If parents are capable of guiding their child/ren through their childhood properly, barely any media can really affect the child negatively.

Alpharaider47
14-06-10, 05:23
So, a child has been told that it is okay to steal a car, as it is only a game. Also, the child has been permitted to take down "delinquents left and right" while taking part in the Vigilante Missions. First off all, the child is playing as a vigilante, not a police officer. And even so, to complete these missions you have to kill crooks. I'm guessing that they are either doing this through shooting them with the shotgun they have found in the police vehicle, or by running them over (hm...), with perhaps blood flowing from these criminals' bodies as a result. I don't mean to sound like a prude, but through this I wouldn't be surprised if the child would be led to believe that this is the usual manner of police work.


Hey the kid's four years old, he'll figure it out with time and it seems like the parent is fairly even keeled. The kid probably doesn't realize the difference between a vigilante and a cop, and at his age don't a lot of boys just wanna kill the bad guys? He'll figure it out in time.
I was pretty surprised by the title, but less alarmed once I read the article. As long as the parent is around to keep an eye on the kid and keep him from exploring the more... inappropriate content, I don't see what's wrong with it.

lunavixen
14-06-10, 05:54
So it be the the same for them old fighting games, if it's not appropriate at a young age, why is there a low rating. It be saying the same with Tomb Raider, whom I started when I was 6, watching and playing with me sis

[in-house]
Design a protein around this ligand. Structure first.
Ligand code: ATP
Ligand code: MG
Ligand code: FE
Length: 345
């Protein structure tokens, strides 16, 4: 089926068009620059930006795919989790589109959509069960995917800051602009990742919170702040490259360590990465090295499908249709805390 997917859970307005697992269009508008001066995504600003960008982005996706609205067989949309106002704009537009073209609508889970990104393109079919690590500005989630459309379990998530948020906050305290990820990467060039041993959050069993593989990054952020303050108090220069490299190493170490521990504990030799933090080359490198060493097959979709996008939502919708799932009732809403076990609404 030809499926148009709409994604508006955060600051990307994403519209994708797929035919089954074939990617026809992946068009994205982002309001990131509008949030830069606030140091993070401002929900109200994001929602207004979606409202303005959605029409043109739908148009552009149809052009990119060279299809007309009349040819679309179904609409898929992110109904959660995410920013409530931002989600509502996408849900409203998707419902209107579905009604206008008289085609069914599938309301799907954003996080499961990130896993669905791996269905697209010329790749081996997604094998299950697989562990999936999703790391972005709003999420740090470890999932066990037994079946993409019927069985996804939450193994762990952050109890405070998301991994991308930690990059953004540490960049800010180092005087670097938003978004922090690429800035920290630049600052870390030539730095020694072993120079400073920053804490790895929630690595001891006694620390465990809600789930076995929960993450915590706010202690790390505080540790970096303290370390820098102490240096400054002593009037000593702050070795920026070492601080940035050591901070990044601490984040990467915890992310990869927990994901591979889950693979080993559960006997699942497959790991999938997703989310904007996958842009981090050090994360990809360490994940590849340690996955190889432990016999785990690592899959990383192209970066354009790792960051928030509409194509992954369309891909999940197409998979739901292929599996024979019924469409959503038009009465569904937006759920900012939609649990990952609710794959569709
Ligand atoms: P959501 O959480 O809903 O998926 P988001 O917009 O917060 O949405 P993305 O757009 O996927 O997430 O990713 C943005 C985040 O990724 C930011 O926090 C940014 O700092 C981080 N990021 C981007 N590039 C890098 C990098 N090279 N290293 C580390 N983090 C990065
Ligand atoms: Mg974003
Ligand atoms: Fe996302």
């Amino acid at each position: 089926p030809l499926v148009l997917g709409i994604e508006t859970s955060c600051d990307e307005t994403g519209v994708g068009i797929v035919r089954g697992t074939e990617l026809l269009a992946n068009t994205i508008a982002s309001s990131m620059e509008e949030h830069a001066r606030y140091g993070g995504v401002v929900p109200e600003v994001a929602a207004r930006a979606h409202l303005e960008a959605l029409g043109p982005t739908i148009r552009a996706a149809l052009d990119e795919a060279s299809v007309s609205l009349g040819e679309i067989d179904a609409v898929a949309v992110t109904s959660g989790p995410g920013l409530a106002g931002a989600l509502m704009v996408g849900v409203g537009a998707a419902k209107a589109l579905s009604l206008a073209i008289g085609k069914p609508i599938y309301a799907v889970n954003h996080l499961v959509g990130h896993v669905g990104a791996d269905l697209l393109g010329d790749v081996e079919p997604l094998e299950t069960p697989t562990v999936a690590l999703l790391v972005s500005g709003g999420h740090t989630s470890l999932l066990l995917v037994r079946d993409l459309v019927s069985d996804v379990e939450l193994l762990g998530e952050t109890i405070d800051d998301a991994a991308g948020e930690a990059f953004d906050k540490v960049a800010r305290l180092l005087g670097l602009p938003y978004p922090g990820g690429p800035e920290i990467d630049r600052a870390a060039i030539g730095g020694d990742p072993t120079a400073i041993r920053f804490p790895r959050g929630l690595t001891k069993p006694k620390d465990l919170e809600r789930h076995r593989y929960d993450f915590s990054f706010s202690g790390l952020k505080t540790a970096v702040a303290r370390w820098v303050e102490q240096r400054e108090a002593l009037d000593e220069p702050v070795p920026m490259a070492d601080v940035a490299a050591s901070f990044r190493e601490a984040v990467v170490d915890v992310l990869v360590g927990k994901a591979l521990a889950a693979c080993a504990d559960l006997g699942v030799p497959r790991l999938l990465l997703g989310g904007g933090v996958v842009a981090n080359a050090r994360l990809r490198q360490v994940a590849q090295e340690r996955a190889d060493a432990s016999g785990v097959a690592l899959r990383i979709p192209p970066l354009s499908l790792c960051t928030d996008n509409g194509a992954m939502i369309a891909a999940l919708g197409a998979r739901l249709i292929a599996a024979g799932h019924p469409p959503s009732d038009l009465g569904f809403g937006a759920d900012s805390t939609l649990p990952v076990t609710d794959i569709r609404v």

Again I disagree, and I got into Kula World to help my needs. Just because a person is young, doesn't mean he/she cant play videogames. I played Sonic on an old snes, and it helped me and my brother, as we both had learning difficulty's :ton: so it helped us there. I played old Tekken games because I loved that games. Next you be saying to ban DS, cookking games etc etc, because it promotes cooking skills at the age of 6 :rolleyes::rolleyes::rolleyes:


OK, but you forget that children can see violence all around that, or seen a crash, not playing video games. Just because it's been in a video game doesn't mean, they are not gonna witness it in real life
my first video game was dune II the aim of which is the world domination of arrakis
i think some video games do have educational purposes to a certain extent, but i could cook by the age of 6



4. and its not very often that kids witness car accidents or on a daily basis (or even once for that matter); so its not like if they dont play violent games or watch bloody movies that they are going to see it elsewhere.i don't exactly agree with this, i've seen and been in many car accidents, a lot of which when i was young, theres at least half a dozen car accidents a year right outside my house